PERFORMANCE OF IRRIGATION: AN ASSESSMENT AT DIFFERENT SCALES IN ETHIOPIA uri icon

abstract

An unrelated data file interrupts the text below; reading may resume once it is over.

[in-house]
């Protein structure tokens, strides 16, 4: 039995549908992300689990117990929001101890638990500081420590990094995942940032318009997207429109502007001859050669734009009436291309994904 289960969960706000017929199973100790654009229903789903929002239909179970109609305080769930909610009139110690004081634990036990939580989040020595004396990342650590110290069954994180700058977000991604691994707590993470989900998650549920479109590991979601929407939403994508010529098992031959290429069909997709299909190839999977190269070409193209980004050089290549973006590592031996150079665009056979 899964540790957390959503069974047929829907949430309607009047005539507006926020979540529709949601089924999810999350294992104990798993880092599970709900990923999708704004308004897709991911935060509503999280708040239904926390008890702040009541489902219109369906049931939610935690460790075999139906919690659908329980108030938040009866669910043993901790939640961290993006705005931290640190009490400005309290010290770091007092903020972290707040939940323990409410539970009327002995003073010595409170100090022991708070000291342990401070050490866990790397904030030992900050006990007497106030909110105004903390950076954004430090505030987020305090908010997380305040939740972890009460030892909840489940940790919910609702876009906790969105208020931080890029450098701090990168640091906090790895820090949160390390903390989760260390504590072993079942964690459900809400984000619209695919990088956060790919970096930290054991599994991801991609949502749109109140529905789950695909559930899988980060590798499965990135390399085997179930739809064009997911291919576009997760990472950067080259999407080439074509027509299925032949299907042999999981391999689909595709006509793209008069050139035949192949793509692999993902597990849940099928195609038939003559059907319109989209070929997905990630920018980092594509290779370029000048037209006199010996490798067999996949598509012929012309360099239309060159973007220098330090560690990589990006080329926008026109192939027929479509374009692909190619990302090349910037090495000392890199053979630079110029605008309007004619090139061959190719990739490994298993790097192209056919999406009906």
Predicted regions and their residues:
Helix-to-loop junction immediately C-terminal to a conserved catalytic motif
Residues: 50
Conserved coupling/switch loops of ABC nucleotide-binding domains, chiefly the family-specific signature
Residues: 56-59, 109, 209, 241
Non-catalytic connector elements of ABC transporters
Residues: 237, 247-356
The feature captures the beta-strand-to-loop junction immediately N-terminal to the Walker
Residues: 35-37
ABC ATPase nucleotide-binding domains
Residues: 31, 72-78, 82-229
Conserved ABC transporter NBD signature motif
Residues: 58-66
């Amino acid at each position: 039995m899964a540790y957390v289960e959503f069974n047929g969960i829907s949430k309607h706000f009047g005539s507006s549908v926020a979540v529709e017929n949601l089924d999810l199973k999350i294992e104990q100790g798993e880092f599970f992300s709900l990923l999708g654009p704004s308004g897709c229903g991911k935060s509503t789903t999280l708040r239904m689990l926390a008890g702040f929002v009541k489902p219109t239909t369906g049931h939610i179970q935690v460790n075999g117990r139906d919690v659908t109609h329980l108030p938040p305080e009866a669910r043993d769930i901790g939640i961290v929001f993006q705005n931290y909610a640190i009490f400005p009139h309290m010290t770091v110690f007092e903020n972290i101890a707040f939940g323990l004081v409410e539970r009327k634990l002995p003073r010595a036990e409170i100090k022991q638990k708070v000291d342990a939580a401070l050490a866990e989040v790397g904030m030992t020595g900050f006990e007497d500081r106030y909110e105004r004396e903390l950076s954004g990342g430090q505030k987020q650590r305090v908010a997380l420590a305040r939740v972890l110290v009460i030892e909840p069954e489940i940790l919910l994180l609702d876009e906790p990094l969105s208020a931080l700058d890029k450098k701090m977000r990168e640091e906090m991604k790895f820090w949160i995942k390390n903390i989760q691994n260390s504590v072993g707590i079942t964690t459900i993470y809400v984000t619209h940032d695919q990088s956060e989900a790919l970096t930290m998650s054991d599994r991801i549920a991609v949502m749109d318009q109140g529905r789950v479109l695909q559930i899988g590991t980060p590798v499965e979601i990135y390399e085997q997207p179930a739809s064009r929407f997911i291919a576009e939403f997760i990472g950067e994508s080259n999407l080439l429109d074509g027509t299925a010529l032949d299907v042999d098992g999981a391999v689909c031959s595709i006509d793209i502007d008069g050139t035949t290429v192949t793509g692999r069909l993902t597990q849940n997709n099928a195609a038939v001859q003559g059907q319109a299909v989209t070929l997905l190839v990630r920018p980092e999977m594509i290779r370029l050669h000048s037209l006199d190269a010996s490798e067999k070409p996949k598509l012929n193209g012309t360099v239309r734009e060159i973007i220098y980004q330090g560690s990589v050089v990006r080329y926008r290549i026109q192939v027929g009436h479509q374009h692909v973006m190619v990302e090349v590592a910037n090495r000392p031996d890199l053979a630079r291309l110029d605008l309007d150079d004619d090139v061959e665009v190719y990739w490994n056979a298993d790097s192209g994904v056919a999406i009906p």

• Ethiopia has an irrigation potential of 5.3 million ha (Mha) of which 3.7 MU can be developed using surface water sources, and 1.6 M ha using groundwater and rainwater management. Irrigation contributes to rapid transformation of agriculture as present-day agriculture is dominated by rainfed single crops. The current irrigation development in Ethiopia is about 0.7 M ha, and the performance of the existing schemes is not well understood. As the country is planning to expand irrigated agriculture in the next five years, it will be useful to review existing performance and to identify areas for interventions that help revitalize underperforming systems. In this paper, we have investigated the performances of irrigation at three levels: (a) national level for broad performance, (b) regional level for small-scale irrigation and (c) scheme level for large-scale irrigation. National level indicators measure (i) the relative proportion of operating schemes, (6) ratio of actually cultivated area to planned command area and (iii) relative number of benefited to targeted number of households. The result shows that 86.5% of schemes are operating, 74.1% of command area is under cultivation and only 46.8% of the planned beneficiaries have benefited from implemented irrigation. For regional level irrigation performances, the regions of Southern Nations and Nationalities and Oromia Regions were investigated. We used technological (structural) and management factors as measures of performances. Sixty-four underperforming schemes were sampled from the two regions to analyse the causes. About 30 parameters were identified as causes of underperformance. Watershed degradation related problems that are causing erosion and sedimentation of water control and conveyance structures are found to be the major cause for structural failures, while lack or sustainable funding, extension of agronomic practice, and post harvest technologies are identified as the top management-related problems. For evaluating performances of large-scale schemes, we used irrigation water delivery performance and output performance indicators applied to six large-scale schemes. Scheme level performance indicators results showed that all of the schemes considered have supplied adequate to excess amounts of water during the period. The Wonji scheme that uses pump diversion showed higher water use efficiency than other schemes that are using simple gravity diversion types. In this case it might be the running costs of pumps that have encouraged efficient management of water. Its terms of output performance, sugarcane based irrigation schemes are superior and up to ten times that of banana, cotton, and maize or tobacco production. The results of these assessments are useful for decision-makers and disclosed the low performance of the existing irrigation schemes. They also indicated the need to revitalize existing schemes to improve performance in parallel to the implementation of new projects. The paper also provided new indicators of evaluation of performance with respect to national level, structural and management related performance.